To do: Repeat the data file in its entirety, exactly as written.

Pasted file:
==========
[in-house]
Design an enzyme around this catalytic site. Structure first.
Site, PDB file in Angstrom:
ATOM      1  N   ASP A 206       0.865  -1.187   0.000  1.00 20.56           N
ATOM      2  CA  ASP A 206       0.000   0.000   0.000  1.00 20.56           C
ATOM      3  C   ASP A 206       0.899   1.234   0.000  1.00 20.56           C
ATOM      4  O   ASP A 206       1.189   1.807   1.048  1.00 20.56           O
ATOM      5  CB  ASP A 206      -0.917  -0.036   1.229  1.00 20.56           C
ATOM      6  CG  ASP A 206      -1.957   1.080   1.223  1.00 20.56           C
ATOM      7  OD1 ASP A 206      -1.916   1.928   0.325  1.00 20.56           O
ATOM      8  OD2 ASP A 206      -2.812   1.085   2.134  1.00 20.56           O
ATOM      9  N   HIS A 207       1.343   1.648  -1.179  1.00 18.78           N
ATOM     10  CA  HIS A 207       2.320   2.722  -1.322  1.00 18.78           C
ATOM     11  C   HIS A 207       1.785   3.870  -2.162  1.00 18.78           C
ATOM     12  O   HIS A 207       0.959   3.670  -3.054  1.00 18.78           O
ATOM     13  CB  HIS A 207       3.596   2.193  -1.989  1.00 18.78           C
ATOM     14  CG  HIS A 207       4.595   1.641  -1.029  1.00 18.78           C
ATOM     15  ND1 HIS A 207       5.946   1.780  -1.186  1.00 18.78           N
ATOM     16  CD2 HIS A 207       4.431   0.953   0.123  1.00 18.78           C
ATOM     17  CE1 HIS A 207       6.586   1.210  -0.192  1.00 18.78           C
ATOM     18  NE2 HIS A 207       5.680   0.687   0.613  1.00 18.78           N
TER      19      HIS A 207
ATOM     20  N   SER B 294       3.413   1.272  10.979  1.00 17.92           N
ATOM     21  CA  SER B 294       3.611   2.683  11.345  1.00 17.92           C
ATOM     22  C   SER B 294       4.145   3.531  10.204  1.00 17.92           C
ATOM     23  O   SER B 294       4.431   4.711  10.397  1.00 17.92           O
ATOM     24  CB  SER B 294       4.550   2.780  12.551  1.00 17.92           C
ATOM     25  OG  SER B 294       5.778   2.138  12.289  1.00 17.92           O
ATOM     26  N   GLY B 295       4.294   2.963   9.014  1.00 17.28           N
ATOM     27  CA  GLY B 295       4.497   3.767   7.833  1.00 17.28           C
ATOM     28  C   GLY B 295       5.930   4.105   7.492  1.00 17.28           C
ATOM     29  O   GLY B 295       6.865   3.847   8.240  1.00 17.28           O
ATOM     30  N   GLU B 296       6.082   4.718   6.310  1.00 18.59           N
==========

[in-house]
Design an enzyme around this catalytic site. Structure first.
Site, PDB file in Angstrom:
ATOM      1  N   ASP A 206       0.865  -1.187   0.000  1.00 20.56           N
ATOM      2  CA  ASP A 206       0.000   0.000   0.000  1.00 20.56           C
ATOM      3  C   ASP A 206       0.899   1.234   0.000  1.00 20.56           C
ATOM      4  O   ASP A 206       1.189   1.807   1.048  1.00 20.56           O
ATOM      5  CB  ASP A 206      -0.917  -0.036   1.229  1.00 20.56           C
ATOM      6  CG  ASP A 206      -1.957   1.080   1.223  1.00 20.56           C
ATOM      7  OD1 ASP A 206      -1.916   1.928   0.325  1.00 20.56           O
ATOM      8  OD2 ASP A 206      -2.812   1.085   2.134  1.00 20.56           O
ATOM      9  N   HIS A 207       1.343   1.648  -1.179  1.00 18.78           N
ATOM     10  CA  HIS A 207       2.320   2.722  -1.322  1.00 18.78           C
ATOM     11  C   HIS A 207       1.785   3.870  -2.162  1.00 18.78           C
ATOM     12  O   HIS A 207       0.959   3.670  -3.054  1.00 18.78           O
ATOM     13  CB  HIS A 207       3.596   2.193  -1.989  1.00 18.78           C
ATOM     14  CG  HIS A 207       4.595   1.641  -1.029  1.00 18.78           C
ATOM     15  ND1 HIS A 207       5.946   1.780  -1.186  1.00 18.78           N
ATOM     16  CD2 HIS A 207       4.431   0.953   0.123  1.00 18.78           C
ATOM     17  CE1 HIS A 207       6.586   1.210  -0.192  1.00 18.78           C
ATOM     18  NE2 HIS A 207       5.680   0.687   0.613  1.00 18.78           N
TER      19      HIS A 207
ATOM     20  N   SER B 294       3.413   1.272  10.979  1.00 17.92           N
ATOM     21  CA  SER B 294       3.611   2.683  11.345  1.00 17.92           C
ATOM     22  C   SER B 294       4.145   3.531  10.204  1.00 17.92           C
ATOM     23  O   SER B 294       4.431   4.711  10.397  1.00 17.92           O
ATOM     24  CB  SER B 294       4.550   2.780  12.551  1.00 17.92           C
ATOM     25  OG  SER B 294       5.778   2.138  12.289  1.00 17.92           O
ATOM     26  N   GLY B 295       4.294   2.963   9.014  1.00 17.28           N
ATOM     27  CA  GLY B 295       4.497   3.767   7.833  1.00 17.28           C
ATOM     28  C   GLY B 295       5.930   4.105   7.492  1.00 17.28           C
ATOM     29  O   GLY B 295       6.865   3.847   8.240  1.00 17.28           O
ATOM     30  N   GLU B 296       6.082   4.718   6.310  1.00 18.59           N